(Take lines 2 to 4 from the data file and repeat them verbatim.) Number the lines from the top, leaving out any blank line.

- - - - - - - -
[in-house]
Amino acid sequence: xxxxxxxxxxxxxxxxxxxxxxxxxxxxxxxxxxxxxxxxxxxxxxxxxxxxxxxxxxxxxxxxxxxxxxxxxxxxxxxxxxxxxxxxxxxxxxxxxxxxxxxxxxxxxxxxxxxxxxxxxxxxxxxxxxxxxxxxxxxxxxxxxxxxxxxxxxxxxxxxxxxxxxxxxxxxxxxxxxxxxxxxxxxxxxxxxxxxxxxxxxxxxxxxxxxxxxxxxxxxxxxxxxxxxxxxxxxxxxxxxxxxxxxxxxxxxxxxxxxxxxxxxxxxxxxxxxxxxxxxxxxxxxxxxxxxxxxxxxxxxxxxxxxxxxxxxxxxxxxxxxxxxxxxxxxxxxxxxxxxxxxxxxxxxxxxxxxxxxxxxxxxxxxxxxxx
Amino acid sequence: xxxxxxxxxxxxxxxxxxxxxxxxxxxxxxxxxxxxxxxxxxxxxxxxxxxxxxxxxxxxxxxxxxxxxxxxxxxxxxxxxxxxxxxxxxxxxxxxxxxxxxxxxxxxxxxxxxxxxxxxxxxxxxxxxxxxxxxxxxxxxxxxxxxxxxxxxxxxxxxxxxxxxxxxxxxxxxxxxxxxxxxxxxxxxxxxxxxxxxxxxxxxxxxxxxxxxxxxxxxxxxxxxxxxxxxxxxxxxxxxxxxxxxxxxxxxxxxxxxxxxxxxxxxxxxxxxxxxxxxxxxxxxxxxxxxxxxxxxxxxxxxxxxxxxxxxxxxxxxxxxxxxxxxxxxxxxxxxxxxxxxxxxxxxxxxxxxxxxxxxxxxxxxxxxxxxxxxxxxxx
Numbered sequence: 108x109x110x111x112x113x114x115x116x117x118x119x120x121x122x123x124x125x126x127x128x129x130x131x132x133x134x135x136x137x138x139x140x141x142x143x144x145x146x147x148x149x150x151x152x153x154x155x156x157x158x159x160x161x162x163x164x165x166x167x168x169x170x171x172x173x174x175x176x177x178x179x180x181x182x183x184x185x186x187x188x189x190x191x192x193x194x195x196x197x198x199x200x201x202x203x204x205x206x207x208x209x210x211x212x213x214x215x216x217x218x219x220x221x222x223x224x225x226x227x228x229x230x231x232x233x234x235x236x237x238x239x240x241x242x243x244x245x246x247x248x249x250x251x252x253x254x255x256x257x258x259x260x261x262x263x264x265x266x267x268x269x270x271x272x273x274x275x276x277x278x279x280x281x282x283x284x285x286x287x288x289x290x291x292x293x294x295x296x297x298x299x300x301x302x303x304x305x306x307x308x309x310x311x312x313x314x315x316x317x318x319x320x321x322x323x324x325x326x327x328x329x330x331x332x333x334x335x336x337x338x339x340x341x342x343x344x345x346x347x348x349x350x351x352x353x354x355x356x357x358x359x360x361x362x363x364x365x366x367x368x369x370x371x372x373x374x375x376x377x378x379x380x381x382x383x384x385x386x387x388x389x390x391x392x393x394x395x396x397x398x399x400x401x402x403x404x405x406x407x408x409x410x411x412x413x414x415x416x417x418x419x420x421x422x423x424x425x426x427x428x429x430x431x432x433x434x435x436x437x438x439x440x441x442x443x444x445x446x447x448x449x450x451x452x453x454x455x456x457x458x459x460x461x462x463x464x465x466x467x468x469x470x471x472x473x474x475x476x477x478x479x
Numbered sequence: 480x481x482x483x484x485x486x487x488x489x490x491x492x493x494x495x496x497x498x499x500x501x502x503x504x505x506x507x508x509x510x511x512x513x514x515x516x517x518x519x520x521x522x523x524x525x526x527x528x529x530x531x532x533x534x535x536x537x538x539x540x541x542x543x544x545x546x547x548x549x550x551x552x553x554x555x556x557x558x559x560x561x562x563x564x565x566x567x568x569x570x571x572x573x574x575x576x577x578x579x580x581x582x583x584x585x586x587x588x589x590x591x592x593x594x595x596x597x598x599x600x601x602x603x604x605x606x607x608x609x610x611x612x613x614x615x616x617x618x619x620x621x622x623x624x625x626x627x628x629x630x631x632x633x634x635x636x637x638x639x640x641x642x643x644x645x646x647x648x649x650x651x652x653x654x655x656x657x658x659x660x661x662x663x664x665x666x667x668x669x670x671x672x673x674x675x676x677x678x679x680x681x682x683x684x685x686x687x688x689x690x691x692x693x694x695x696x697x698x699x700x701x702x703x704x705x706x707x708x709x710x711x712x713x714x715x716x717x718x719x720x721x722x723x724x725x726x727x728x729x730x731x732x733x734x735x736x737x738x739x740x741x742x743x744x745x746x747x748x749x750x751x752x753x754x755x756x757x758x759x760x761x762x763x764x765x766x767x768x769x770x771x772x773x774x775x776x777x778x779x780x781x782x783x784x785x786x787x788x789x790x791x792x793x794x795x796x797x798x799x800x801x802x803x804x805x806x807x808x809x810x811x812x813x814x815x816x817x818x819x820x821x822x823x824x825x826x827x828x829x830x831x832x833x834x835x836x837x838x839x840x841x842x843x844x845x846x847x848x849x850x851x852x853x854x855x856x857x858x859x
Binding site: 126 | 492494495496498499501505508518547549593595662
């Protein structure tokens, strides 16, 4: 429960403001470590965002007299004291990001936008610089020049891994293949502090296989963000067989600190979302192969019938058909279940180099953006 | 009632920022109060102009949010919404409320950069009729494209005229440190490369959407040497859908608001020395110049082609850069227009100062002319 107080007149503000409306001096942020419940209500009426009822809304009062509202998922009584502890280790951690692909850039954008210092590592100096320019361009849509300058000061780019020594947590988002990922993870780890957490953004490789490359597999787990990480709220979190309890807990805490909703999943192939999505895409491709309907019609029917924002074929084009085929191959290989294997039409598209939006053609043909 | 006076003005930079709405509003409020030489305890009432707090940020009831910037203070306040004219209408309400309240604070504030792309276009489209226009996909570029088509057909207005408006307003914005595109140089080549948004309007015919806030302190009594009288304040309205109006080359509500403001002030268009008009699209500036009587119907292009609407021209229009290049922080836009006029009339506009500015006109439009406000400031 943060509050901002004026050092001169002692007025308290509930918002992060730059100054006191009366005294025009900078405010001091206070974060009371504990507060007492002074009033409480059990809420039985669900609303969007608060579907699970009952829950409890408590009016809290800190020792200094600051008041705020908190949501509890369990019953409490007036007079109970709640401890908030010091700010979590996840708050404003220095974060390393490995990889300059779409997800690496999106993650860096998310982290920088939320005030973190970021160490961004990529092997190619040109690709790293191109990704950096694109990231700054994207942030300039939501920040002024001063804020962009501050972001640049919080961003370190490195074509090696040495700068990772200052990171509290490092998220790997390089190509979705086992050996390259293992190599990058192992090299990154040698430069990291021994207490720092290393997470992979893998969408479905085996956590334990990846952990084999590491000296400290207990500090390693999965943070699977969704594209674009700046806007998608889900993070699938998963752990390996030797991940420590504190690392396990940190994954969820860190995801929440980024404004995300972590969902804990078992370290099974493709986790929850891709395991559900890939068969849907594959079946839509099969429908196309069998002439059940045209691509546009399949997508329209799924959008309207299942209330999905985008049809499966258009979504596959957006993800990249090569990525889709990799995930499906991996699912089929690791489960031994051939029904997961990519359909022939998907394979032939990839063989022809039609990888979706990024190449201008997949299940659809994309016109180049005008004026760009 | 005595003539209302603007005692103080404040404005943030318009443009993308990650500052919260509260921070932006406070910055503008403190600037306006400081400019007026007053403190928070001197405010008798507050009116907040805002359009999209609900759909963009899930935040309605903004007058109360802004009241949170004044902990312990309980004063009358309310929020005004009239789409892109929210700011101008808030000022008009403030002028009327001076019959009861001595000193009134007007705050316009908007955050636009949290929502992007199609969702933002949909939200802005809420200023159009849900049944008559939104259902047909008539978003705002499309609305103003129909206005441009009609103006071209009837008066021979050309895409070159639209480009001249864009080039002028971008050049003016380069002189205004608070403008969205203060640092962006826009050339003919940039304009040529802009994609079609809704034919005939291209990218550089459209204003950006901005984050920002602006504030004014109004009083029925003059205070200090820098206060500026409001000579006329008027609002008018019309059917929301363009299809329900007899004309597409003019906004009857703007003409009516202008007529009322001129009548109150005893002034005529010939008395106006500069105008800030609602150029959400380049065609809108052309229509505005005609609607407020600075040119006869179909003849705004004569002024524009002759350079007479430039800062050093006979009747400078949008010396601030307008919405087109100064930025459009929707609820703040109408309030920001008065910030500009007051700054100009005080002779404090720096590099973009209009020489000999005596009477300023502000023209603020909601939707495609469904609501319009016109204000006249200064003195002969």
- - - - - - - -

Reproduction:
Amino acid sequence: xxxxxxxxxxxxxxxxxxxxxxxxxxxxxxxxxxxxxxxxxxxxxxxxxxxxxxxxxxxxxxxxxxxxxxxxxxxxxxxxxxxxxxxxxxxxxxxxxxxxxxxxxxxxxxxxxxxxxxxxxxxxxxxxxxxxxxxxxxxxxxxxxxxxxxxxxxxxxxxxxxxxxxxxxxxxxxxxxxxxxxxxxxxxxxxxxxxxxxxxxxxxxxxxxxxxxxxxxxxxxxxxxxxxxxxxxxxxxxxxxxxxxxxxxxxxxxxxxxxxxxxxxxxxxxxxxxxxxxxxxxxxxxxxxxxxxxxxxxxxxxxxxxxxxxxxxxxxxxxxxxxxxxxxxxxxxxxxxxxxxxxxxxxxxxxxxxxxxxxxxxxxxxxxxxxx
Amino acid sequence: xxxxxxxxxxxxxxxxxxxxxxxxxxxxxxxxxxxxxxxxxxxxxxxxxxxxxxxxxxxxxxxxxxxxxxxxxxxxxxxxxxxxxxxxxxxxxxxxxxxxxxxxxxxxxxxxxxxxxxxxxxxxxxxxxxxxxxxxxxxxxxxxxxxxxxxxxxxxxxxxxxxxxxxxxxxxxxxxxxxxxxxxxxxxxxxxxxxxxxxxxxxxxxxxxxxxxxxxxxxxxxxxxxxxxxxxxxxxxxxxxxxxxxxxxxxxxxxxxxxxxxxxxxxxxxxxxxxxxxxxxxxxxxxxxxxxxxxxxxxxxxxxxxxxxxxxxxxxxxxxxxxxxxxxxxxxxxxxxxxxxxxxxxxxxxxxxxxxxxxxxxxxxxxxxxxxxxxxxxxx
Numbered sequence: 108x109x110x111x112x113x114x115x116x117x118x119x120x121x122x123x124x125x126x127x128x129x130x131x132x133x134x135x136x137x138x139x140x141x142x143x144x145x146x147x148x149x150x151x152x153x154x155x156x157x158x159x160x161x162x163x164x165x166x167x168x169x170x171x172x173x174x175x176x177x178x179x180x181x182x183x184x185x186x187x188x189x190x191x192x193x194x195x196x197x198x199x200x201x202x203x204x205x206x207x208x209x210x211x212x213x214x215x216x217x218x219x220x221x222x223x224x225x226x227x228x229x230x231x232x233x234x235x236x237x238x239x240x241x242x243x244x245x246x247x248x249x250x251x252x253x254x255x256x257x258x259x260x261x262x263x264x265x266x267x268x269x270x271x272x273x274x275x276x277x278x279x280x281x282x283x284x285x286x287x288x289x290x291x292x293x294x295x296x297x298x299x300x301x302x303x304x305x306x307x308x309x310x311x312x313x314x315x316x317x318x319x320x321x322x323x324x325x326x327x328x329x330x331x332x333x334x335x336x337x338x339x340x341x342x343x344x345x346x347x348x349x350x351x352x353x354x355x356x357x358x359x360x361x362x363x364x365x366x367x368x369x370x371x372x373x374x375x376x377x378x379x380x381x382x383x384x385x386x387x388x389x390x391x392x393x394x395x396x397x398x399x400x401x402x403x404x405x406x407x408x409x410x411x412x413x414x415x416x417x418x419x420x421x422x423x424x425x426x427x428x429x430x431x432x433x434x435x436x437x438x439x440x441x442x443x444x445x446x447x448x449x450x451x452x453x454x455x456x457x458x459x460x461x462x463x464x465x466x467x468x469x470x471x472x473x474x475x476x477x478x479x